I am an experienced teacher trainer and educator and contribute to undergraduate and postgraduate course on language teacher development (I was the Course Leader for the postgraduate Diploma in TESOL for 9 years). Witin TESOL, I am particularly interested in developing intercultural awareness, the application of theory to classroom practice and the impact of reflection on professional and personal development.
I also teach on a number of English language, media and creative writing modules where I teach to my more recent and current research interest, specifically the diverse and interdisciplinary area of comics studies. Here my research interest include, but are not limited to: the image/text relationship; the engagement and location of the reader within graphic narratives; gender, ideology and representation in comics; transtextuality; horror and the construction of the monster; comics, folklore and myth; the increasing application of comics in teaching and learning.
I am currently doing a part-time PhD on the construction of female monstrosity, specifically the witch, in post-millennial comics and speak at a number of conferneces each year on related themes.
I am co-curator of Graphic Brighton, a comics symposium that brings together creators, academics, publishers and readers within a different theme. To date, these have included: comics and the local Brighton community; the representation of marginalised voices in comics; conflict and resolution; and music. These events have attracted international academic contributors and creators involved have included: Brian and Mary Talbot, Dave McKean, Chris Riddell, David Lloyd, Nicola Streeten and Hunt Emerson.
Recent academic and research activity
Co-curated four Graphic Brighton symposia (2014, 2015, 2106, 2018)
Visiting lectures at Bournemouth University and Central St Martins, University of the Arts, London
Member of BCCS (British Consortium of Comics Scholars)
Chamberlin, B. What lies beneath: the spectral reader in comics Conference paper at Transitions Birkbeck November 2018
- Chamberlin, B. Revive, reuse, recycle: revisiting Sabrina Conference papers delivered at International Graphic Novel and Comics Conference, University of Bournemouth June 2018 and Don't Look: Representations of Horror in the Twenty-First Century, University of Edinburgh April 2018
- Chamberlin, B. Framing the witch: the triptych witch in comics Conference paper delivered at Reimagining the Gothic, University of Sheffield May 2016
- Chamberlin, B. Here be monsters: Representing childhood and adolescent fears in comics Conference paper at Transitions, Birkbeck 31 October 2015
- Chamberlin, B., Pickering, A. and Slater, P. See you on the other side: blogs and teacher reflection Conference paper at IATEFL Manchester April 2015
- Chamberlin, B. The Talking Dead: zombies and language in comics Conference paper at Zombies, Zombies, Zombies, University of Brighton 28 February 2015
- Chamberlin, B and Slater, P. Surrender Dorothy: Representations of Dorothy in Graphic Narratives Conference paper at the international Wizard of Oz and the Cultural Imagination University of Brighton November 2014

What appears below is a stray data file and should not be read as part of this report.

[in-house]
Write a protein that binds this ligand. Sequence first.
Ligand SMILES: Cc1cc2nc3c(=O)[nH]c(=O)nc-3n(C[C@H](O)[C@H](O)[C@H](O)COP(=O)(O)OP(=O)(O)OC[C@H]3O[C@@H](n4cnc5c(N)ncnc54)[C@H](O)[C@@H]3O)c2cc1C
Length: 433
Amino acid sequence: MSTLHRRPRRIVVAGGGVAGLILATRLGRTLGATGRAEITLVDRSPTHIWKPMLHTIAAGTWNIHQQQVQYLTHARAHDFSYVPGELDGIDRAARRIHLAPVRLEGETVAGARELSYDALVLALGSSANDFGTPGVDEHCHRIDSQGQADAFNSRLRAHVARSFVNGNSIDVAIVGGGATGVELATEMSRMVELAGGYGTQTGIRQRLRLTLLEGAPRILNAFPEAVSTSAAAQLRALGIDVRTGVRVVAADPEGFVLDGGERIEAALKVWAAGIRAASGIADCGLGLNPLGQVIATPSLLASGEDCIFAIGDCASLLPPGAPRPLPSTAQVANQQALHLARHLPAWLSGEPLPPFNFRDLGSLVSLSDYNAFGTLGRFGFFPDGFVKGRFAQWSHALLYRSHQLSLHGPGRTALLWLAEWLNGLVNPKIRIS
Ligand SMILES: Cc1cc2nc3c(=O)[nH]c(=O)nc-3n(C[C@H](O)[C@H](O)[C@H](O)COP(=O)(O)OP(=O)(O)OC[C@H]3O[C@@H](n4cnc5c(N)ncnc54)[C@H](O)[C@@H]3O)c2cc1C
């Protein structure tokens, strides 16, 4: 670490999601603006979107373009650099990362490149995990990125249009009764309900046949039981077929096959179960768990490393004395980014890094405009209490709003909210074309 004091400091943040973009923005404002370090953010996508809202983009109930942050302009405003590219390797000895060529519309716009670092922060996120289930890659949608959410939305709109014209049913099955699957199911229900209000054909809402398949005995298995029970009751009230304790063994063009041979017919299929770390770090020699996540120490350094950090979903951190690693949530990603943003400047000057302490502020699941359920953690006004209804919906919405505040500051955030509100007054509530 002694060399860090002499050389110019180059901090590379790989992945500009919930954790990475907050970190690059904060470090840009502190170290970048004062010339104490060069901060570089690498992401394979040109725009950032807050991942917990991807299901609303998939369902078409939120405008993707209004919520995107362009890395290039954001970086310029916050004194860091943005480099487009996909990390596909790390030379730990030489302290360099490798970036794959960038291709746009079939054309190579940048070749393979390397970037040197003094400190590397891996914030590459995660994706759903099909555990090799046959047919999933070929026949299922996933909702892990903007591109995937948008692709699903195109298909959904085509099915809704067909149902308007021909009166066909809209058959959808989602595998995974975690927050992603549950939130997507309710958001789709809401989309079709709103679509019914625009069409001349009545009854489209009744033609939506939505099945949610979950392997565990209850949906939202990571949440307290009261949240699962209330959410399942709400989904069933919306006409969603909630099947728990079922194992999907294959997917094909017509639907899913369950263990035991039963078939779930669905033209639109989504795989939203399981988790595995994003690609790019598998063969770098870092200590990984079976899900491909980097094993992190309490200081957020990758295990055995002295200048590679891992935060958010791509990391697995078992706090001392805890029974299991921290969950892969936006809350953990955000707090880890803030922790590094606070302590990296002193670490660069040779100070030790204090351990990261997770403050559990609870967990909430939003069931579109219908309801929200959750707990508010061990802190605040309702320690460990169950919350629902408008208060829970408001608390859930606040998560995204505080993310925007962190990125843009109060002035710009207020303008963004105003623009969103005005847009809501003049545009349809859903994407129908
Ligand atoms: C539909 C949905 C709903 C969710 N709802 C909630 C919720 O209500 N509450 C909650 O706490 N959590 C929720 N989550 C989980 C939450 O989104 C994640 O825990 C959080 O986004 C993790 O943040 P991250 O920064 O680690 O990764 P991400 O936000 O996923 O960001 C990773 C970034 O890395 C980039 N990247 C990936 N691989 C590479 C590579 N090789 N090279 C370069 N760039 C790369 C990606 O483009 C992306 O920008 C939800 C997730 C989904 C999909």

- Chamberlin, B. The woods are lovely, dark and deep: the woods in horror comics Conference paper at the international Cine-Excess: Are You Ready for the Country November 2014
- Slater, P. and Chamberlin, B Shifting focus: video and teacher reflection Conference paper at IATEFL (International Association of Teachers of English as a Foreign Language) Brighton April 2011
Approach to teaching
I teach and lead courses that are primarily about continued professional development in teaching and this is something I feel is absolutely essential for all teachers, regardless of professional context. We need to keep learning and challenging ourselves for so many reasons: to stay up-to-date and relevant in subject knowledge, to be truly informed and eclectic in how we teach (Bax, 2003), to understand the technologies available to us to support teaching and learning, to better understand and respond to our students and their needs, to build connections and communities, to keep being excited about what we do and, on a personal note, to avoid getting stuck in a rut (Hattie, 2012). I am fortunate in that I genuinely enjoy teaching; I come from a teaching background and am becoming a researcher, rather than the other way round and I am enjoying the process of finding ways the two can inform each other.
I believe in student-centred classrooms and tasks where students can see the relevance and applicability of what it is they are doing. I believe in the inherent creativity of teaching, both in terms of what takes place in preparation of classes as well as the modes of interaction and activity that takes place within class. As someone with a lot of natural energy, my own presence in the class tends to be one that (I have been told anyway) is quite animated and engaging, though I also recognise the need for quieter, more reflective times. I believe that catering as much as possible to learner needs is imperative.
I have always felt it is important to develop rapport with students regardless of their age, backgrounds, abilities and level of experience, what Bryk and Schneider term ‘relational trust’ (2002) and I am aware that this plays a significant role in how I engage with students in the classroom as a teacher (and the multiple and often simultaneous roles this involves – Tudor, 1993) and how I work with students to develop their assessed work. Students tend to find me approachable, responsive, supportive and helpfully critical and this is something I feel is important – to work with and not for students. As someone who has very recently become a student again, I understand the need for timely, critical and constructive feedback and this rapport and trust is incredibly important to foster and build.
Bachelor, Anglia Ruskin University
Master, University of Brighton
Master, University of Brighton